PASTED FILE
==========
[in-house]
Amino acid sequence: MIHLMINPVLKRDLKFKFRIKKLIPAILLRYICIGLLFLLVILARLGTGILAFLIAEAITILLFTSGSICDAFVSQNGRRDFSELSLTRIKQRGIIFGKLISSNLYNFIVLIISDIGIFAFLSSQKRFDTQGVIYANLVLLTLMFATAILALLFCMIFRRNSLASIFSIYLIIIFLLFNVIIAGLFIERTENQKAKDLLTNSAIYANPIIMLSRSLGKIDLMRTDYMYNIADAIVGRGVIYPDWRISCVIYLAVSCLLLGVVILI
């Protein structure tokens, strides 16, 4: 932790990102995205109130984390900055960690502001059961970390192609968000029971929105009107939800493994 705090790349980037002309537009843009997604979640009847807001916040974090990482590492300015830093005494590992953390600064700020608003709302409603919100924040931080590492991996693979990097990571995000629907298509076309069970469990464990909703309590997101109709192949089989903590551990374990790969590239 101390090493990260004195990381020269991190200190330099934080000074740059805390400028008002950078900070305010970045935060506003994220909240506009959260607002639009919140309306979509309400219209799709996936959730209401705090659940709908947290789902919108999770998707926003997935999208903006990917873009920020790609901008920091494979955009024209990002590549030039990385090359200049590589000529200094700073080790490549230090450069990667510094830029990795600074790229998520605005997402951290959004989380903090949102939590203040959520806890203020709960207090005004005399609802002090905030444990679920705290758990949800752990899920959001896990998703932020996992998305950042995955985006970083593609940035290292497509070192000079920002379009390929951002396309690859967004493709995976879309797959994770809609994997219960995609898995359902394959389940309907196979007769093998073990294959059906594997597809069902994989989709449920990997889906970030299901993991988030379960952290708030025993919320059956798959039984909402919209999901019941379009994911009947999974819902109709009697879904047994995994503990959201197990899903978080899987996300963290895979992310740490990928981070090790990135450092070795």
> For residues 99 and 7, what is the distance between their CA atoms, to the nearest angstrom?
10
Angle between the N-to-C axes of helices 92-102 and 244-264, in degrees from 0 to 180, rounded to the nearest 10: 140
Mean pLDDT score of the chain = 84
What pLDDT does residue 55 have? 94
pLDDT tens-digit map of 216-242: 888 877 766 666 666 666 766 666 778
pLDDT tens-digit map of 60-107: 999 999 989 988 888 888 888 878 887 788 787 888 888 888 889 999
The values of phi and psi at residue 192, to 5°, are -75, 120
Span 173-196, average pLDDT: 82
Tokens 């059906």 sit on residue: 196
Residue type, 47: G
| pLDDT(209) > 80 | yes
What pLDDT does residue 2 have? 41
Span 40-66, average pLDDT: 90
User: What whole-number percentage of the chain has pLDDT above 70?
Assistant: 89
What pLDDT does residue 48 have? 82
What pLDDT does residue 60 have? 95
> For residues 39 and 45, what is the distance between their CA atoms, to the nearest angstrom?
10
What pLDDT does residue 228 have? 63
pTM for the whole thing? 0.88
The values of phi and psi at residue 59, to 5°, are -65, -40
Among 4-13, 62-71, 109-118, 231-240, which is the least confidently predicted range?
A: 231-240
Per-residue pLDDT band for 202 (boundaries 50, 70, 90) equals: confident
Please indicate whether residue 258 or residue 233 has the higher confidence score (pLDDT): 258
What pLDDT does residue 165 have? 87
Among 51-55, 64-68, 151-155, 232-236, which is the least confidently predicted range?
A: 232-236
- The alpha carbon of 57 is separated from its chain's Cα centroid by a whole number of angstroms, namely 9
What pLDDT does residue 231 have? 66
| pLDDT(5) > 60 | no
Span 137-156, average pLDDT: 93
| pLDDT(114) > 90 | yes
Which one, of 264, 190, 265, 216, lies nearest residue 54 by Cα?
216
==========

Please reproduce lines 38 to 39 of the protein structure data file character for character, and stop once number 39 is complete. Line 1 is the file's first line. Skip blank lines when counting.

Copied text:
| pLDDT(114) > 90 | yes
Which one, of 264, 190, 265, 216, lies nearest residue 54 by Cα?